In the United States, as well as worldwide, lung cancer is the leading cause of death among adults. Cancer starts out as normal cells. Somewhere along the way these cells grow and multiply in an uncontrolled fashion. These cancer cells then form a mass that is different from the rest of the tissue. The majority of lung masses are malignant, meaning they are cancerous.
They will steal oxygen and nutrients from the tissue surrounding them and destroy it. Concurrently, the cancer cells also spread rapidly to other areas of the body and grow other tumors.
Lung cancer progression is divided into stages and described according to how severe the disease is.
The lung cancer stages for non-small cell lung cancer are as follows:
Lung cancer stage 0: Newly found lung cancer is noted and within only a small area and invading only the very top few cell layers. It has not delved into the lung’s surface lining.
Lung cancer stage I: This lung cancer stage has normal tissue surrounding it at this point. The lung cancer remains in the lungs only at this time.
Lung cancer stage II: Lung cancer has progressed and now has spread and invaded the surrounding lymph nodes. Treatment of lung cancer stage I or II would primarily involve a surgical resection of the tumor. If during the resection surgery the lung cancer was found to be more extensive then radiation therapy or radiotherapy may be advised. If the lung cancer patient was in a weakened condition surgical resection would not be carried out and instead, radiation therapy or radiotherapy would be done alone.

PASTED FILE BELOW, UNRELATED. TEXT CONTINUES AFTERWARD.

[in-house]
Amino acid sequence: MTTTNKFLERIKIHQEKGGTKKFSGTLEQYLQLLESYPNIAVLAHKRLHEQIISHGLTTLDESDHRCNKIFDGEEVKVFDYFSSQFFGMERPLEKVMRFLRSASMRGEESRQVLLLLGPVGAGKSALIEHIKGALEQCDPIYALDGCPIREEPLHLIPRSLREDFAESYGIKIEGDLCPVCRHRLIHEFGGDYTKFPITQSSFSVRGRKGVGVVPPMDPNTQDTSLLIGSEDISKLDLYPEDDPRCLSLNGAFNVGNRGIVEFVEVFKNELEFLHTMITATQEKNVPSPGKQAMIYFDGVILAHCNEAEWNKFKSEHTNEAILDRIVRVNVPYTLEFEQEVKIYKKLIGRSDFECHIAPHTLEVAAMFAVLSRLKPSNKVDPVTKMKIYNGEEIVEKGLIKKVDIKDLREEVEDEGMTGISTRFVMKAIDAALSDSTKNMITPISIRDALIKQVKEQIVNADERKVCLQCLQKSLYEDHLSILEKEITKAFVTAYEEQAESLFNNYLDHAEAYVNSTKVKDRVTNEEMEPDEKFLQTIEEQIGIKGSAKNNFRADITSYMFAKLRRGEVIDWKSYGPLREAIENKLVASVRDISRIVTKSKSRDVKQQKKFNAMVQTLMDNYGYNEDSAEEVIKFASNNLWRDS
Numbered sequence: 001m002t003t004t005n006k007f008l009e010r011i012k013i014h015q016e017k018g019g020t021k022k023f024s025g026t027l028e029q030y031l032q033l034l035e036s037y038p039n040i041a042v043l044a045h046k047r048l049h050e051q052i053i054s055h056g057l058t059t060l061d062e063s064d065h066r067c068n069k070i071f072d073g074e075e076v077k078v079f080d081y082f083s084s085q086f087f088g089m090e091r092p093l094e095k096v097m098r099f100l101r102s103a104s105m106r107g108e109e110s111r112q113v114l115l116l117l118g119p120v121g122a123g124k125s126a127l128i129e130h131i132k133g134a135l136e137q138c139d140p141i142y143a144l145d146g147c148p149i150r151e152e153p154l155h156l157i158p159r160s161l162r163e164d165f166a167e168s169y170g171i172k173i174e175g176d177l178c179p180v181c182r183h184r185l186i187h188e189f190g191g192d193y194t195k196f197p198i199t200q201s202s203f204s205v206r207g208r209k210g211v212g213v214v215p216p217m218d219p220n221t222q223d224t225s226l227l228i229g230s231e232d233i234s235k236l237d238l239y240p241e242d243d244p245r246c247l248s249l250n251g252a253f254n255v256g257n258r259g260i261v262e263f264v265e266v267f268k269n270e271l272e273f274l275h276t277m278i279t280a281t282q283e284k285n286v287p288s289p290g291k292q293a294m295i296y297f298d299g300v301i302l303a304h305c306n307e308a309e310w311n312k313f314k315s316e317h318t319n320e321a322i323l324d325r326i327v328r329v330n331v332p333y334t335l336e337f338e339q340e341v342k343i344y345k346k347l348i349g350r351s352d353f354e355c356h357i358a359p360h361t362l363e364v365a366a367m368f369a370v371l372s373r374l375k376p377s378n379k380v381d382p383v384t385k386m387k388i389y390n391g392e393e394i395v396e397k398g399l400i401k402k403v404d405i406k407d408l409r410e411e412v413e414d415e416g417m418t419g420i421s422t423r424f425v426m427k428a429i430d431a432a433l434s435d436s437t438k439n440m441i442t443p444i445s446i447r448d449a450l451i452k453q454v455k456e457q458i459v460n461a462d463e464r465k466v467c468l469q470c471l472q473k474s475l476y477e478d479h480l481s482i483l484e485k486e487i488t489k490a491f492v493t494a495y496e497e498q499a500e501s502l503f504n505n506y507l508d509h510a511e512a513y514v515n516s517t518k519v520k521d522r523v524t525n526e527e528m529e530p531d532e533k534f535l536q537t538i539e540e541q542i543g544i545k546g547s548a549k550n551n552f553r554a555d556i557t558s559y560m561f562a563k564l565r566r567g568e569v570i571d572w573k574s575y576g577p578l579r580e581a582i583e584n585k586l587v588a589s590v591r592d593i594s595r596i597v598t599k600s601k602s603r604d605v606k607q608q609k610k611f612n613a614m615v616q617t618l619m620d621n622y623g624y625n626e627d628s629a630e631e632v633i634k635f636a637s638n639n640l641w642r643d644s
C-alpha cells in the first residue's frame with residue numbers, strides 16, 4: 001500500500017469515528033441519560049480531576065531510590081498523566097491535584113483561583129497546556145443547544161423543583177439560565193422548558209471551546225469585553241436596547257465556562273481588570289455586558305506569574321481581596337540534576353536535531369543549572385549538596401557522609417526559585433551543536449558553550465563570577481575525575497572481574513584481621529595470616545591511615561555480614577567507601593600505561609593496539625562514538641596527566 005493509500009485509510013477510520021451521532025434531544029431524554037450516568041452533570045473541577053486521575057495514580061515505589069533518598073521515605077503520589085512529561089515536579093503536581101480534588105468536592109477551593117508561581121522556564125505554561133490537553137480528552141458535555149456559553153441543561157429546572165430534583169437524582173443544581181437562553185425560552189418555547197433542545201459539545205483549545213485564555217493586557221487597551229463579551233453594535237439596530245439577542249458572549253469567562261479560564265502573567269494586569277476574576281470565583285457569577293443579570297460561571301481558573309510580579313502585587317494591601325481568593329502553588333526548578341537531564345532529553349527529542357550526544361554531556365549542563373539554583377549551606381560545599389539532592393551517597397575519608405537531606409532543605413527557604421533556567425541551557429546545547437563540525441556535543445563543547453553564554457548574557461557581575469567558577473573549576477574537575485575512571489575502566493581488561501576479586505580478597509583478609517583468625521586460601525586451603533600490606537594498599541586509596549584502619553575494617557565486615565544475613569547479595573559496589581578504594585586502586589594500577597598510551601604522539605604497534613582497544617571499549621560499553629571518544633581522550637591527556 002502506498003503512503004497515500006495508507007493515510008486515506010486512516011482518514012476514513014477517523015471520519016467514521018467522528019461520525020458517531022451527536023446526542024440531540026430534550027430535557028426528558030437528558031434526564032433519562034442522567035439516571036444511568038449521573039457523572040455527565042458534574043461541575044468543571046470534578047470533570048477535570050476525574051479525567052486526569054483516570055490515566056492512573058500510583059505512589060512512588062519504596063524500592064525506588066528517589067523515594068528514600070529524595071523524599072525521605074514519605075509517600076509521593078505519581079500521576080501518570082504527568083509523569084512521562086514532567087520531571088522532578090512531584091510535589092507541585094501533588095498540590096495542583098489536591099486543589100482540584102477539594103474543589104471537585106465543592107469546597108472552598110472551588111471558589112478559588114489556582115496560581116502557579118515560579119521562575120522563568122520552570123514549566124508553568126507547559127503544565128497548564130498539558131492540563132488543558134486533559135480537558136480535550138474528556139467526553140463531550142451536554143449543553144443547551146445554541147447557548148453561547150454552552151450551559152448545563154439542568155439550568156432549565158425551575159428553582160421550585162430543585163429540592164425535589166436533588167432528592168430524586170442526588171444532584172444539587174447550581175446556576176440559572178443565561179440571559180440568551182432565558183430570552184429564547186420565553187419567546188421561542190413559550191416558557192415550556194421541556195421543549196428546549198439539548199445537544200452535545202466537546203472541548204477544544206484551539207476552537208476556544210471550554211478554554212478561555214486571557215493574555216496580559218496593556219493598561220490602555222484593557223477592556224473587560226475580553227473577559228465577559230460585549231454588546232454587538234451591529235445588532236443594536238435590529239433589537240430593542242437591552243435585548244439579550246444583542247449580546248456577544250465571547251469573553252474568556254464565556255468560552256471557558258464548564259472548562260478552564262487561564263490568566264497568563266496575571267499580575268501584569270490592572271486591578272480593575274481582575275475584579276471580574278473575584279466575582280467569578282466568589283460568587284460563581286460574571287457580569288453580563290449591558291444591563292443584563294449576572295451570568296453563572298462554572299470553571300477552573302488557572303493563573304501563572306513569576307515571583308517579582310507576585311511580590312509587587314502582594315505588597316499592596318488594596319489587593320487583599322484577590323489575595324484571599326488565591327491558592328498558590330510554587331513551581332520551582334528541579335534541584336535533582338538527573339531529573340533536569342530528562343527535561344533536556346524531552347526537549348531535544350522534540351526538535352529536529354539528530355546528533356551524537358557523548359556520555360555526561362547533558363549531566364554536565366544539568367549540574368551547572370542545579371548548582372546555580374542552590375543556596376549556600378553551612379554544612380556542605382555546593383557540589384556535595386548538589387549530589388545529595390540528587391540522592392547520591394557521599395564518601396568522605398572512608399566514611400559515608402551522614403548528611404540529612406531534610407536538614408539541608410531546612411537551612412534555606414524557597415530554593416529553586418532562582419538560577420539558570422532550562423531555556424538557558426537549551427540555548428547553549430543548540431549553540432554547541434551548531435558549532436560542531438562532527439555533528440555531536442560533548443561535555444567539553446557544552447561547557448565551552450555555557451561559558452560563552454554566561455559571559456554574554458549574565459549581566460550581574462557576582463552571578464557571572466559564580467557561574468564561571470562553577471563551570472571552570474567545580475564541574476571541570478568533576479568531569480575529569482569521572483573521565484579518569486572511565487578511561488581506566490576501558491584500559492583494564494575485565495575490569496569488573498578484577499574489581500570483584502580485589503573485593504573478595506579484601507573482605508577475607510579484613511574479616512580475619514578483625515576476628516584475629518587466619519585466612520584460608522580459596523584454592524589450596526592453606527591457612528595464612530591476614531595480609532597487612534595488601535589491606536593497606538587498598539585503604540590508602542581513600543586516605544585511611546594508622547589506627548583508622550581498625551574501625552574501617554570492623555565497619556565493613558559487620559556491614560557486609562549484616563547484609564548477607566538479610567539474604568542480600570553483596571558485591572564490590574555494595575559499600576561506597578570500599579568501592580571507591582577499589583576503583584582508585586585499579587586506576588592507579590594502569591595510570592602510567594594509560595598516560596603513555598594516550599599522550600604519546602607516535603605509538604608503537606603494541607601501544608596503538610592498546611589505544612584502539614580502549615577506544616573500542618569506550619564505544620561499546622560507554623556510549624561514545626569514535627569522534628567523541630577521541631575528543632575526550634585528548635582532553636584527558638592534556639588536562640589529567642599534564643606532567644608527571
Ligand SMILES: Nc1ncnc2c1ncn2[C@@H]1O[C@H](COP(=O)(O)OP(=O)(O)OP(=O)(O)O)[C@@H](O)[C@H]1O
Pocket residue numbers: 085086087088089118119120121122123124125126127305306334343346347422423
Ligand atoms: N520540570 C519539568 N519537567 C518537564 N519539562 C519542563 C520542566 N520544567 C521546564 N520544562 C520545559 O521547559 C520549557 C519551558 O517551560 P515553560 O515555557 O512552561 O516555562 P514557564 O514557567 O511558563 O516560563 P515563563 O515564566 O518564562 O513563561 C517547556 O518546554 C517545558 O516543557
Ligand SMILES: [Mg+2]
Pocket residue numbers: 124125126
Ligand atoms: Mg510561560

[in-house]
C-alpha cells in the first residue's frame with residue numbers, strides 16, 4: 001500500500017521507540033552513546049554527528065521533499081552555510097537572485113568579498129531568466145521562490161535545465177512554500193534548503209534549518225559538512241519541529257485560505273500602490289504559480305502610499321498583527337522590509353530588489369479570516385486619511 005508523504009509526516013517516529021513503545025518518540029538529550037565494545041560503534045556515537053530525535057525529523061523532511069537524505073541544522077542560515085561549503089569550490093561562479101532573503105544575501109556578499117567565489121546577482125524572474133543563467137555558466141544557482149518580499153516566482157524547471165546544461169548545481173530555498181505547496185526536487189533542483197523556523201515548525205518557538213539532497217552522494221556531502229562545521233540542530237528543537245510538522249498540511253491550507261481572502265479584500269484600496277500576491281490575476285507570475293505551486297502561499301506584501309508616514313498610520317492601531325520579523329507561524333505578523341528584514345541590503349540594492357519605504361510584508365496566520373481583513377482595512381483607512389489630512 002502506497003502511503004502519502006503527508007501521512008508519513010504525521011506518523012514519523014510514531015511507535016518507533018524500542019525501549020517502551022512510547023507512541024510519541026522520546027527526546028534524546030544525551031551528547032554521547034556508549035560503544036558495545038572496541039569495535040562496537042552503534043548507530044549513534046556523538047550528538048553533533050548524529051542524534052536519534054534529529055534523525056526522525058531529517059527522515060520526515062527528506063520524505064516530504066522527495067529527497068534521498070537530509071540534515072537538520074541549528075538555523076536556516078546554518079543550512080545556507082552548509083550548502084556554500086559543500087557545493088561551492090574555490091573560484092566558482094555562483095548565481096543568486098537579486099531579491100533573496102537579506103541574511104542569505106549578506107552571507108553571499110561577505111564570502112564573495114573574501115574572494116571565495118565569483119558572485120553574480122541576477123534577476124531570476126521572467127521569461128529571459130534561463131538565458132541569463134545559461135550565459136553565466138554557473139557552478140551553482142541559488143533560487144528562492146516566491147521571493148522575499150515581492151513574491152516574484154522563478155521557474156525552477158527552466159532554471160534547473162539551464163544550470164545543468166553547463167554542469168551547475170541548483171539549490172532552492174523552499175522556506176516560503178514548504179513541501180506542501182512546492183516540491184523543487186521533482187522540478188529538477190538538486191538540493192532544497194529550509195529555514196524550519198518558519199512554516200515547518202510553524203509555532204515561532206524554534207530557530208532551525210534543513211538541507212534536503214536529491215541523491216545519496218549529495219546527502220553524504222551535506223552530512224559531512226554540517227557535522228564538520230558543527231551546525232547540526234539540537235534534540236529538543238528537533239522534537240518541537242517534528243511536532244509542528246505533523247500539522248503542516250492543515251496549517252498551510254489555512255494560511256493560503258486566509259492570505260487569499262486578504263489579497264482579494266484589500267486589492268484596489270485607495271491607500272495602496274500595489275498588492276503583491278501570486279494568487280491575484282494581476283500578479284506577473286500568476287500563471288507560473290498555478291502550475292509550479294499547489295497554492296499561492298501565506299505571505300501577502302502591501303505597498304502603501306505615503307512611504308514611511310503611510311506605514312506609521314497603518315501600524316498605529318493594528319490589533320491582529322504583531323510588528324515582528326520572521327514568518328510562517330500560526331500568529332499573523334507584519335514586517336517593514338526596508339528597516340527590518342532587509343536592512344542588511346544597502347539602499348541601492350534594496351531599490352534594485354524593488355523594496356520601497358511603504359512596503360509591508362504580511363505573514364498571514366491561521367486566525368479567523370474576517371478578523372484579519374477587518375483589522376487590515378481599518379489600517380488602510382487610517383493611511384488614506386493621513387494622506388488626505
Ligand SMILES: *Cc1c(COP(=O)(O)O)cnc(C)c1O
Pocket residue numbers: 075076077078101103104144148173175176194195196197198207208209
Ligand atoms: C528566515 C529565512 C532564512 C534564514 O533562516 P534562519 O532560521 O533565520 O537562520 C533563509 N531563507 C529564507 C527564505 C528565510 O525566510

Lung cancer stage III: Further progression of lung cancer is noted with areas of invasion noted within the chest wall, the diaphragm, and the surrounding blood vessels and/or organs. There is the further possibility that the lymph nodes in the mediastinum, as well as the other side of the neck and chest, have also been affected.
Treatment of lung cancer stage III could be carried out by either surgical resection of the tumor, radiation therapy, or chemotherapy. Lung cancer stage III is more complex and actually broken down into a few different stages within it. Treatment would depend on how extensive the stage is at the time.
Lung cancer stage IV: The rapidly growing cells have multiplied extensively and lung cancer has most likely made its way to the other areas of the body. Treatment of lung cancer stage IV would be chemotherapy or comfort care measures.
A lung cancer patient is advised to be closely monitored and discuss and determine with his physician each aspect of treatment along the way. The pros and cons of each treatment will help you and your physician come to terms with the treatment that is the most beneficial to the particular stage of lung cancer that you are in.
National Cancer Institute: Stages of Non-Small Cell Lung Cancer
Lung Cancer.org: Types of Staging of Lung Cancer
American Cancer Society: Lung Cancer